Lawson v. State , 57 So. 2d 643 ( 1952 )


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  • 57 So. 2d 643 (1952)

    LAWSON
    v.
    STATE.

    4 Div. 176.

    Court of Appeals of Alabama.

    March 13, 1952.

    W. R. Martin, Ozark, for appellant.

    Si Garrett, Atty. Gen., and Robt. Straub, Asst. Atty. Gen., for the State.

    CARR, Presiding judge.

    The indictment in this case charges murder in the second degree. The trial resulted in a conviction of the same offense and the imposition of a sentence of ten years imprisonment.

    On the occasion of concern the appellant, age 17, and two of his brothers, ages 15 and 21, were walking together across a farm field en route to their home. The accused cut his twenty-one year old brother with a pocket knife. The injured person died on account of excessive bleeding from one of these wounds.

    The county coroner testified that he found four knife or sharp instrument cuts on the left leg of the deceased. One of these was rather deeply inflicted and the others were only scratches.

    The arresting officer testified that he located the appellant at a place about three or four miles from the scene of the homicide. The officer also testified that the accused made a statement to him at that time. In this aspect the record discloses:

    "Q. What did he say? A. I asked him if he knew he had killed him, and he said, yes, and I asked him what he cut him with, and he said a knife, and I asked him for his knife or where it was, and he said he throwed it down in the field and never was able to find it."

    *644 The above contains all that the appellant said.

    The State rested its case after the introduction of the two indicated witnesses.

    The defendant testified in his own behalf. The substance of his testimony was that he and his deceased brother were playfully attempting to demonstrate the methods of defense against physical attacks and while the demonstrations were in progress he accidentally and unintentionally inflicted the knife wounds. His version of the affray was supported by the testimony of L. C. Lawson, his other brother who was present.

    It appears that L. C. made a statement to the officers soon after the homicide. This was reduced to writing. This account was not in accord with L. C.'s testimony at the trial. It disclosed facts and circumstances which, if accepted, would have sustained the judgment of conviction.

    On cross examination this entire statement was read to L. C. He admitted signing it, but he stated that he did not remember relating to the officers the facts set out in the written document.

    At the time the taking of the testimony was closed according to the announcements of the attorneys, the solicitor had not introduced the indicated statement in evidence. Over the objection of appellant's attorney the court allowed the belated introduction. Clearly, this action addressed itself to the sound discretion of the trial judge. We do not find any abuse appearing from the record.

    We are confronted with the task of determining whether the evidence is sufficient to support the judgment of conviction, that is, murder in the second degree. This review is invited by the request for the general affirmative charge as to this degree of unlawful homicide and the motion for a new trial.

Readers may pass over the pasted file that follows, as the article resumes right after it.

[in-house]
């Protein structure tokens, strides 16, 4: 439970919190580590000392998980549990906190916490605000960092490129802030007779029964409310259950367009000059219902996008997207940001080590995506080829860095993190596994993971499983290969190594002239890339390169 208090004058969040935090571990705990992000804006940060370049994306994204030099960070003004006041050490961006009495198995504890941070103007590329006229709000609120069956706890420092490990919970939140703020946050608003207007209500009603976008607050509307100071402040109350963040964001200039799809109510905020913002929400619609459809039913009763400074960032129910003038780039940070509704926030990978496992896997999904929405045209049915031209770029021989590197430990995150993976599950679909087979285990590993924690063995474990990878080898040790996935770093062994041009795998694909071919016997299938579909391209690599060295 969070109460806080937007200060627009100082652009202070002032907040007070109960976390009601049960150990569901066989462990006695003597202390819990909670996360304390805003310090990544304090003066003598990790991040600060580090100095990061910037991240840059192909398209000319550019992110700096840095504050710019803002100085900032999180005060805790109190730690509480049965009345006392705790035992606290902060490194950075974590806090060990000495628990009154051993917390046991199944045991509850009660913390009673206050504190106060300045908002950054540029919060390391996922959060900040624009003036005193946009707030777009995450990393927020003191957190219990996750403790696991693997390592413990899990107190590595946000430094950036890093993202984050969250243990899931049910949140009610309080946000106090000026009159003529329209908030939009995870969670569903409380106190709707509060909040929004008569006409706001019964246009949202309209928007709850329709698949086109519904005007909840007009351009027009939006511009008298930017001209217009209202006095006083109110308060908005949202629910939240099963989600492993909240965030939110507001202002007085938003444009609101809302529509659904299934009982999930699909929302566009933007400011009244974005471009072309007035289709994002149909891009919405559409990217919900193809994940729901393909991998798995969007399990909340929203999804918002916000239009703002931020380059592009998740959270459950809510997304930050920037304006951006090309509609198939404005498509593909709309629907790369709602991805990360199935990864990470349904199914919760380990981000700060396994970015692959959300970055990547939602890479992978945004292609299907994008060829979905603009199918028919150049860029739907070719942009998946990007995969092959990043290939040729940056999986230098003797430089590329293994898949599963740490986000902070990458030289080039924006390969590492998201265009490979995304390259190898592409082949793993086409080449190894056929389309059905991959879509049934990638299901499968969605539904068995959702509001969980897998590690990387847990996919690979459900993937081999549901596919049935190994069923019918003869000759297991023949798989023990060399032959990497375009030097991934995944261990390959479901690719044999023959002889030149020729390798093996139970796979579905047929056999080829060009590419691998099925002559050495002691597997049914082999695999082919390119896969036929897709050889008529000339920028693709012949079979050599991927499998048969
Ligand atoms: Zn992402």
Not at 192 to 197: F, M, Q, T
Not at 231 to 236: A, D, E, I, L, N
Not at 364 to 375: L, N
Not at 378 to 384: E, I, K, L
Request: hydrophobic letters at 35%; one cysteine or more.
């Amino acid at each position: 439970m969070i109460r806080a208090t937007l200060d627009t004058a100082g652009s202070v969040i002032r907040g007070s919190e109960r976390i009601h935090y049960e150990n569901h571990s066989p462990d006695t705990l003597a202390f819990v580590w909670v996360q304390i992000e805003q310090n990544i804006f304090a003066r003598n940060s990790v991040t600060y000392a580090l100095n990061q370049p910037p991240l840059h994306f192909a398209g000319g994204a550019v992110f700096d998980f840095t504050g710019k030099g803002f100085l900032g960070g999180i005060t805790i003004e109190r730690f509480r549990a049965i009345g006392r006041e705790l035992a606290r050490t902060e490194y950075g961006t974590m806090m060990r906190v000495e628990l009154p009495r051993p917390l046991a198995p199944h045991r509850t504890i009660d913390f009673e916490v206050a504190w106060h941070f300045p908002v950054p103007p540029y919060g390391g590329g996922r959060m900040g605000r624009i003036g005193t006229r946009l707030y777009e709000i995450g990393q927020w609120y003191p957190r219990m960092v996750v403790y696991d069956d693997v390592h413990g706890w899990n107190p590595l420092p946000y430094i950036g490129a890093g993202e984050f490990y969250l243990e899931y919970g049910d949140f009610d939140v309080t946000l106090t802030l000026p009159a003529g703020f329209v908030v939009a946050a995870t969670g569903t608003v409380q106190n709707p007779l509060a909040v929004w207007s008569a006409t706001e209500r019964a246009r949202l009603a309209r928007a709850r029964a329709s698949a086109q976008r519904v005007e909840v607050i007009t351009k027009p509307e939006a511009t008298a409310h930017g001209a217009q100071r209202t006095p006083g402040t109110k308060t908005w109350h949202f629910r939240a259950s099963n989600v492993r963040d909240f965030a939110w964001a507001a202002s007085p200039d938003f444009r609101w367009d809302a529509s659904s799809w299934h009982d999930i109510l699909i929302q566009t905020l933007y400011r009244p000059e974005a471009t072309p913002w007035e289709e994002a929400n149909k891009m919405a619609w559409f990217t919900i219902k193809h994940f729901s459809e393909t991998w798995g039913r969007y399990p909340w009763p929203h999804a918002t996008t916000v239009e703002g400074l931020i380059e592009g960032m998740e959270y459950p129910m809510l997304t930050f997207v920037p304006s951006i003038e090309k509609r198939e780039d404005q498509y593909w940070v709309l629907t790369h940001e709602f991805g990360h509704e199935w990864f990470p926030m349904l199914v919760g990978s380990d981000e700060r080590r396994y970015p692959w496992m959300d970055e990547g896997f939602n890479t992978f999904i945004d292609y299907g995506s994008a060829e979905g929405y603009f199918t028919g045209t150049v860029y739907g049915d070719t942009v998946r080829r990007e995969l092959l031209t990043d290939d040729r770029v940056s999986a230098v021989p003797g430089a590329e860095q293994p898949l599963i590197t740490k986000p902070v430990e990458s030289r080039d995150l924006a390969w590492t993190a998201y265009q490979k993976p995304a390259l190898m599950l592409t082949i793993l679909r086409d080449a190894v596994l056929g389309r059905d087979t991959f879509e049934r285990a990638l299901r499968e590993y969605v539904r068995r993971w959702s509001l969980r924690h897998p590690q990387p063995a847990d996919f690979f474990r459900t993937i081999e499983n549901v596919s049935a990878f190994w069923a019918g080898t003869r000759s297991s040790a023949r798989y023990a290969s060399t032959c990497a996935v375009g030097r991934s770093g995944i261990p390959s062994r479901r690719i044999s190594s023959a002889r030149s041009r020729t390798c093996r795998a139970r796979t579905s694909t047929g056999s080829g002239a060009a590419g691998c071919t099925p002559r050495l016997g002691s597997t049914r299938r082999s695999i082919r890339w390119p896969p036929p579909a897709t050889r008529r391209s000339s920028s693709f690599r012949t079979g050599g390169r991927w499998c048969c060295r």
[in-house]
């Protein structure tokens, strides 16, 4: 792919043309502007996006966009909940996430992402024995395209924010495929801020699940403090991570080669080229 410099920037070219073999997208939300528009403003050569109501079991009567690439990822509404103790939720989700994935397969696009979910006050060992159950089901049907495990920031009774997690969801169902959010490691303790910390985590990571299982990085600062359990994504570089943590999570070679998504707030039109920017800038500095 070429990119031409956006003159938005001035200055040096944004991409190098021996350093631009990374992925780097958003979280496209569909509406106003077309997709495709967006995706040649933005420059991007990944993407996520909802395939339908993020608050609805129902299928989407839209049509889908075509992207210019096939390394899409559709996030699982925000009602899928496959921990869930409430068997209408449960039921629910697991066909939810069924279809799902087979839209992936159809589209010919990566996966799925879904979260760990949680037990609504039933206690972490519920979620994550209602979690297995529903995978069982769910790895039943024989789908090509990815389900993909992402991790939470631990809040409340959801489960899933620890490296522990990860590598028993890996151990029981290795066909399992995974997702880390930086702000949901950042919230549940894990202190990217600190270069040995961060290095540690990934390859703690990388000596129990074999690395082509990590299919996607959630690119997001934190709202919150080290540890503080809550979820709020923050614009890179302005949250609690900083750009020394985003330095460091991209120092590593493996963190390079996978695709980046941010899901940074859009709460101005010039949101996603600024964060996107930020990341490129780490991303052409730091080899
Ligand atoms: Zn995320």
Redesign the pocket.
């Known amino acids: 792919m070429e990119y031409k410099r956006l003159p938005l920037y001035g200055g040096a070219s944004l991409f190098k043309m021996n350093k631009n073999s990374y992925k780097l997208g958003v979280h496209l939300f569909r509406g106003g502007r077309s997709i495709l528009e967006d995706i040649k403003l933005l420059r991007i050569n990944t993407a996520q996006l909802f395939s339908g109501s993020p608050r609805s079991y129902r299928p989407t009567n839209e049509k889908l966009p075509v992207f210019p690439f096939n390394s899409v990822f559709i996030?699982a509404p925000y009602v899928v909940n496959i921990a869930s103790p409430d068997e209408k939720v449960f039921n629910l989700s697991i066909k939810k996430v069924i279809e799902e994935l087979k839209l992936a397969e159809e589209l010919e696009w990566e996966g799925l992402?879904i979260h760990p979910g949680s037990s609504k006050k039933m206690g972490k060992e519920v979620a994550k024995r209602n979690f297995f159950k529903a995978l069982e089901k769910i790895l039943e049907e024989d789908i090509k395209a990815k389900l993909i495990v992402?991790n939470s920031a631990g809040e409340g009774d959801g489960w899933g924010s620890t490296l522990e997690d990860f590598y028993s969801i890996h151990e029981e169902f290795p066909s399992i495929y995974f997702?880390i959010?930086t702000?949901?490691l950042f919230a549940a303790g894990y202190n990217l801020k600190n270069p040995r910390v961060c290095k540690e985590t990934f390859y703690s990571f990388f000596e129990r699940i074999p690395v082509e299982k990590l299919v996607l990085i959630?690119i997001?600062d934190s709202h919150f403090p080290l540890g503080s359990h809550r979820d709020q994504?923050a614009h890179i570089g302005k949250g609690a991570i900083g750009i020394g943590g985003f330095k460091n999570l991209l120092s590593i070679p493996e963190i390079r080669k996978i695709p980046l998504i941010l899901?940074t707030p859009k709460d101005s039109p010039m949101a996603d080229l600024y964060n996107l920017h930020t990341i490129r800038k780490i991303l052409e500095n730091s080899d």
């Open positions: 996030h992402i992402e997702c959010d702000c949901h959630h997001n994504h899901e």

It is convincingly clear that without the acceptation of the contents of the written statement as proof of independent, cumulative or original evidence of facts, the judgment below cannot stand. We do not think that any discussion is required to illustrate this view.

    We come, therefore, to consider the purpose and purport of the written statement in the factual proceedings.

    It is permissible and proper to attack the credibility of a witness by showing that at a previous time and place he made a statement which was out of accord with the testimony he gave at the instant trial.

    It may be noted that, before this prior contradictory character of evidence is admissible, the witness involved must either deny he made the previous statement or testify that he does not remember making it. Hall v. State, 19 Ala.App. 229, 96 So. 644; Raines v. State, 147 Ala. 691, 40 So. 932; Weaver v. State, 33 Ala.App. 207, 31 So. 2d 593; Green v. State, 233 Ala. 349, 171 So. 643; Bigham v. State, 203 Ala. 162, 82 So. 192.

    In the early case of Kennedy v. State, 85 Ala. 326, 5 So. 300, the trial judge orally charged the jury that the transcribed testimony of a witness taken at the preliminary proceedings could be considered for impeachment purposes but could not be accepted or treated as original evidence of the facts of the case. The Supreme Court approved this instruction.

    In the case of Manning v. State, 217 Ala. 357, 116 So. 360, the Supreme Court held in effect that the transcript of former testimony or statement of a witness could only be accepted for the purpose of testing the recollection of the witness or for impeachment but not as original evidence of facts.

    The court further observed that the place such evidence had in the trial should be explained and made plain to the jury.

    See also, Falkner v. State, 151 Ala. 77, 44 So. 409; Thomas Furnace Co. v. Carroll, 204 Ala. 263, 85 So. 455; Lester v. Jacobs, 212 Ala. 614, 103 So. 682; Redus v. State, 243 Ala. 320, 9 So. 2d 914; Brown v. State, 31 Ala.App. 233, 14 So. 2d 596.

    By applying the above doctrine, to sustain the judgment of conviction we have only the proof of the corpus delicti and *645 the scant, inculpable statement of the accused. The other evidence, as we have pointed out, does not afford a reasonable inference that the homicide was committed under such circumstances as to constitute the offense of murder in the second degree.

    The judgment below is ordered reversed and the cause remanded.

    Reversed and remanded.